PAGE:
Maureen Dowd writes in the NYT about how the Cool Black President she thought we were electing turned out to be less entertaining than she had expected from all those years watching Cool Black Guys on TV:
FOR eight seconds, we saw the president we had craved for three years: cool, joyous, funny, connected.
“I, I’m so in love with you,” Barack Obama crooned to a thrilled crowd at a fund-raiser at the Apollo in Harlem on Thursday night, doing a seductive imitation as Al Green himself looked on. ...
The portrait of the first couple in Jodi Kantor’s new book, “The Obamas,” bristles with aggrievement and the rational president’s disdain for the irrational nature of politics, the press and Republicans. Despite what his rivals say, the president and the first lady do believe in American exceptionalism — their own, and they feel overassaulted and underappreciated.
We disappointed them.
As Michelle said to Oprah in an interview she did with the president last May: “I always told the voters, the question isn’t whether Barack Obama is ready to be president. The question is whether we’re ready. And that continues to be the question we have to ask ourselves.”
They still believed, as their friend Valerie Jarrett once said, that Obama was “just too talented to do what ordinary people do.”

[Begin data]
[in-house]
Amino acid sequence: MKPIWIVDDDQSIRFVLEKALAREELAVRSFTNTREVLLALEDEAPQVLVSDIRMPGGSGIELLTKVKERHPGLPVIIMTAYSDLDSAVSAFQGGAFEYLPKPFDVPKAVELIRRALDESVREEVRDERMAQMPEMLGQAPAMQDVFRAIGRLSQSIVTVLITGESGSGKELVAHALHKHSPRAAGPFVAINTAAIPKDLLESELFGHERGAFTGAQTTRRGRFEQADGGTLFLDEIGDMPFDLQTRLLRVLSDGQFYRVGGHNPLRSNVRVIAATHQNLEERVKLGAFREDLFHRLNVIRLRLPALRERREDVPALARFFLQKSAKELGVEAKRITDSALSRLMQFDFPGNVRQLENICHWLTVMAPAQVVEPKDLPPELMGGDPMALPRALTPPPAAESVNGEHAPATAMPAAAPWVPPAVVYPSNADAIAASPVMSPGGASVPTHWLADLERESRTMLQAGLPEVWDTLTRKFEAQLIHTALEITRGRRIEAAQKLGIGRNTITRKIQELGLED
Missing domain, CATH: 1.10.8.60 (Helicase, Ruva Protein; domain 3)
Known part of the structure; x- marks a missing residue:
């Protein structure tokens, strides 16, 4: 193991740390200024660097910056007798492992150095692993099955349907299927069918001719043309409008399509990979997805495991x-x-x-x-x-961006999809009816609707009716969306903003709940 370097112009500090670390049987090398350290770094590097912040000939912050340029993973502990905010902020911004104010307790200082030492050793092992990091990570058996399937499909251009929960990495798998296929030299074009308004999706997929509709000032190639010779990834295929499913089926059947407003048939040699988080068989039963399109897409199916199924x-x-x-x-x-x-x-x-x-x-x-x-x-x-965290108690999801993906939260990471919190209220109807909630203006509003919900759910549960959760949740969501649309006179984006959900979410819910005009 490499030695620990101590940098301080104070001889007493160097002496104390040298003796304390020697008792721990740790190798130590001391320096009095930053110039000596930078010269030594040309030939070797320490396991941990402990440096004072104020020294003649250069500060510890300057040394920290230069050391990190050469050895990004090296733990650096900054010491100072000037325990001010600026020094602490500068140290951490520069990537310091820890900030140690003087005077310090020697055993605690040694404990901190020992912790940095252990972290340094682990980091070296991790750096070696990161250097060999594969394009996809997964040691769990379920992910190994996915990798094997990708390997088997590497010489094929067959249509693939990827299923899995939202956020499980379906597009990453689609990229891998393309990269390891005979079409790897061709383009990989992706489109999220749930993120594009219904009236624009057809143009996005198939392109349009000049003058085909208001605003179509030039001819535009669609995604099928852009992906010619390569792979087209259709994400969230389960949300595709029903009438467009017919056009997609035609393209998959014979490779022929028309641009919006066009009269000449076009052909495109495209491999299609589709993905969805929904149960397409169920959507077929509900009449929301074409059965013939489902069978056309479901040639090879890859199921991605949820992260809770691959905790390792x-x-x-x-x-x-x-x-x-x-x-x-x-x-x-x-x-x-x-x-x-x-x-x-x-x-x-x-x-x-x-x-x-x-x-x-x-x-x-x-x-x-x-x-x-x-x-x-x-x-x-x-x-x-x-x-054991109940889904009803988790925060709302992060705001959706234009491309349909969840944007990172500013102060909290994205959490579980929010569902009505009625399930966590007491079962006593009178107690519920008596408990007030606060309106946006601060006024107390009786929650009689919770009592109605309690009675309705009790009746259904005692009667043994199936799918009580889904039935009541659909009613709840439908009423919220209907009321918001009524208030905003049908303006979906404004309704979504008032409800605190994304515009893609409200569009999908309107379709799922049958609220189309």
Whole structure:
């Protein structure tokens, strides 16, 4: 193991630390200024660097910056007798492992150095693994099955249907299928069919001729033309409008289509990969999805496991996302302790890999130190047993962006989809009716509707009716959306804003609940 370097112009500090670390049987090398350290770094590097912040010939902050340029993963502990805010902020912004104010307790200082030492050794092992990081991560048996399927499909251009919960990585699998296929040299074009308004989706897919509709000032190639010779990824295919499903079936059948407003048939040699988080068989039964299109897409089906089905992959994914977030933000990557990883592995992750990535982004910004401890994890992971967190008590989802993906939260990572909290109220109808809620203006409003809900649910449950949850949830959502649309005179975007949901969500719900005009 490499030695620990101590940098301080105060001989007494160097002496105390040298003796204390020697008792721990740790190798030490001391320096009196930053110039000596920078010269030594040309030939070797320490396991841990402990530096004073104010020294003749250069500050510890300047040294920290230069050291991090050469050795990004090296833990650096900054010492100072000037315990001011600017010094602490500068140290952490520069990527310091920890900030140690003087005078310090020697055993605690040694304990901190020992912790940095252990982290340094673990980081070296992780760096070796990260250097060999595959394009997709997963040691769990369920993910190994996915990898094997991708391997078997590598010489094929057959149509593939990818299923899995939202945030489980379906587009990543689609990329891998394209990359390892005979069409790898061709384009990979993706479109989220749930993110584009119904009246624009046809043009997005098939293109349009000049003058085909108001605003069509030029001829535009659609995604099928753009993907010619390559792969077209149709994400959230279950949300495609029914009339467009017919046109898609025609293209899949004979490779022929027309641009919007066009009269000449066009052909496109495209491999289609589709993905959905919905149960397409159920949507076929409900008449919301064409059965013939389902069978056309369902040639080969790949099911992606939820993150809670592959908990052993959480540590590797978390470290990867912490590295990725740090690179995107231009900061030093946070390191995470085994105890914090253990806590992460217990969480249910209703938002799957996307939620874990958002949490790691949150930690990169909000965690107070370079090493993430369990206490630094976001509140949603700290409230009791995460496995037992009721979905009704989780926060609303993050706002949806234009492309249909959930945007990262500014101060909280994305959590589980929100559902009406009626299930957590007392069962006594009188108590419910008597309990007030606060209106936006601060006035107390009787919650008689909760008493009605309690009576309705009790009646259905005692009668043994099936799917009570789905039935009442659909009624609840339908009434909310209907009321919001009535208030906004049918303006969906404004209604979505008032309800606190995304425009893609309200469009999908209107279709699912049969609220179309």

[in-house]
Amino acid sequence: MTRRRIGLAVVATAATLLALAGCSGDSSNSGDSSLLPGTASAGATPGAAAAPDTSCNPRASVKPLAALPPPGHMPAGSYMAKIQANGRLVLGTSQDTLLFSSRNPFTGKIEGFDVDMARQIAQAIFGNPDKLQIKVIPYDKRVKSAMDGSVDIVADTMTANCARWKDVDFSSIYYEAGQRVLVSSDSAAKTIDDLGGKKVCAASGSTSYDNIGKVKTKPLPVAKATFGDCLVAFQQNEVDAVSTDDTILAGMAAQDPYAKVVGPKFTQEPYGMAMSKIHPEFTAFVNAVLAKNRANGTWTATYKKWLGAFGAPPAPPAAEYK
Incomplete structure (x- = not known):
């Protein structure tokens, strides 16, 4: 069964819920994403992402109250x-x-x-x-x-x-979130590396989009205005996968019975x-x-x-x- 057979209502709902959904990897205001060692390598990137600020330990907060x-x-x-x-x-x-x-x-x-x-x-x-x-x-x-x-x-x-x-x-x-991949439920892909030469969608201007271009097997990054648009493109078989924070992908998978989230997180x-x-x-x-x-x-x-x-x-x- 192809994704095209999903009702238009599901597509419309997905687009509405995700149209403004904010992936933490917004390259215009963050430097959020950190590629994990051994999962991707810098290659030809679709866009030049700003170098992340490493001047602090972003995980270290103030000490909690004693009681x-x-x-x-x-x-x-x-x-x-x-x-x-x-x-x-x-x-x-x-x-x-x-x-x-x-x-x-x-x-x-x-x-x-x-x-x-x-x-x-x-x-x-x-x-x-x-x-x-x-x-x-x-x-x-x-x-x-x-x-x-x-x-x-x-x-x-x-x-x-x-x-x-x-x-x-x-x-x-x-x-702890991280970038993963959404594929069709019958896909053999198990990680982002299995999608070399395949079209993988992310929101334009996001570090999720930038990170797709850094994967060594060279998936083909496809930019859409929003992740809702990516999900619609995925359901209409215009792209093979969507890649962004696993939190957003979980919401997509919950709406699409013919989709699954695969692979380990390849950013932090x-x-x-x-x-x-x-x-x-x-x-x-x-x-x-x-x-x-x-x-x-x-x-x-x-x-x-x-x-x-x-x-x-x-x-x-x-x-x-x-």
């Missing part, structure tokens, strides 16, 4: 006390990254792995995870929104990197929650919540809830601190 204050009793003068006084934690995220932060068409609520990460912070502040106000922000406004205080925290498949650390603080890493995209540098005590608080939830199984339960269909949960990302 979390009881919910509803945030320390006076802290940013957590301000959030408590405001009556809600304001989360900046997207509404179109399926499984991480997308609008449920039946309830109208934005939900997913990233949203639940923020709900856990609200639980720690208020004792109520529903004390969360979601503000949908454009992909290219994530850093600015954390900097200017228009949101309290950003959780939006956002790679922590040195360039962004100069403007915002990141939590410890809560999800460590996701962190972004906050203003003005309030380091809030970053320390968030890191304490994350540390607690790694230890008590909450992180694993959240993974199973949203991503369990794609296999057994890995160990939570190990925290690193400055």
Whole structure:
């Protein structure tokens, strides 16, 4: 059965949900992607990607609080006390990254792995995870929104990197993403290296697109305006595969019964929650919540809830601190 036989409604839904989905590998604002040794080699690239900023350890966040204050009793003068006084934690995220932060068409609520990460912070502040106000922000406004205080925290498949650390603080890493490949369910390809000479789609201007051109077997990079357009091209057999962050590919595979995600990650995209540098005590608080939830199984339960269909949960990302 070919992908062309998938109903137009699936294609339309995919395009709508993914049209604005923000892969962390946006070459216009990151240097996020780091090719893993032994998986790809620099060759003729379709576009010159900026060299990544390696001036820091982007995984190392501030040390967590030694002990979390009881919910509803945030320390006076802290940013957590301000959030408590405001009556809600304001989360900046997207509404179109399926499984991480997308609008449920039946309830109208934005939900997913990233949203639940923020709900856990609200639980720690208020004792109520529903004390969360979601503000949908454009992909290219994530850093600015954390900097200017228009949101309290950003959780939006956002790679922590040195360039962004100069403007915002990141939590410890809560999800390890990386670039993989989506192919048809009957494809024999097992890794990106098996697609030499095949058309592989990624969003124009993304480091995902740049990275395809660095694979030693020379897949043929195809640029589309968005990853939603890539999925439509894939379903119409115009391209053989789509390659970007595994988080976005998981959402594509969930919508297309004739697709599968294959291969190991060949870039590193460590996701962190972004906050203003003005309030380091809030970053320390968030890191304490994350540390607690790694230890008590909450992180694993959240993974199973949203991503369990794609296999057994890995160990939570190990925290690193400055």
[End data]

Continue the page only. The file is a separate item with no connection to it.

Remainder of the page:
Who knew, in the exuberance of 2008, that America was electing an introvert?
Who knew? How could anyone possibly know? I mean, besides the presidential candidate having published at age 33 a 150,000 word autobiography that is introverted, elegant, dull, egotistical, self-pitying, not particularly insightful, and a little depressing: Obama's Presidency in convenient book form? But other than this whopping huge memoir, how could anyone have known anything about the man? And who could expect busy media figures like Maureen Dowd to read a Presidential candidate's well-written autobiography? Or even its subtitle?
Kantor writes that the Obamas, feeling misunderstood, burrowed into “self-imposed exile” — a “bubble within the bubble” — with their small circle of Chicago friends, who reinforced the idea that “the American public just did not appreciate their exceptional leader.”
She reports that Marty Nesbitt indignantly told his fellow Obama pal Eric Whitaker that the president “could get 70 or 80 percent of the vote anywhere but the U.S.”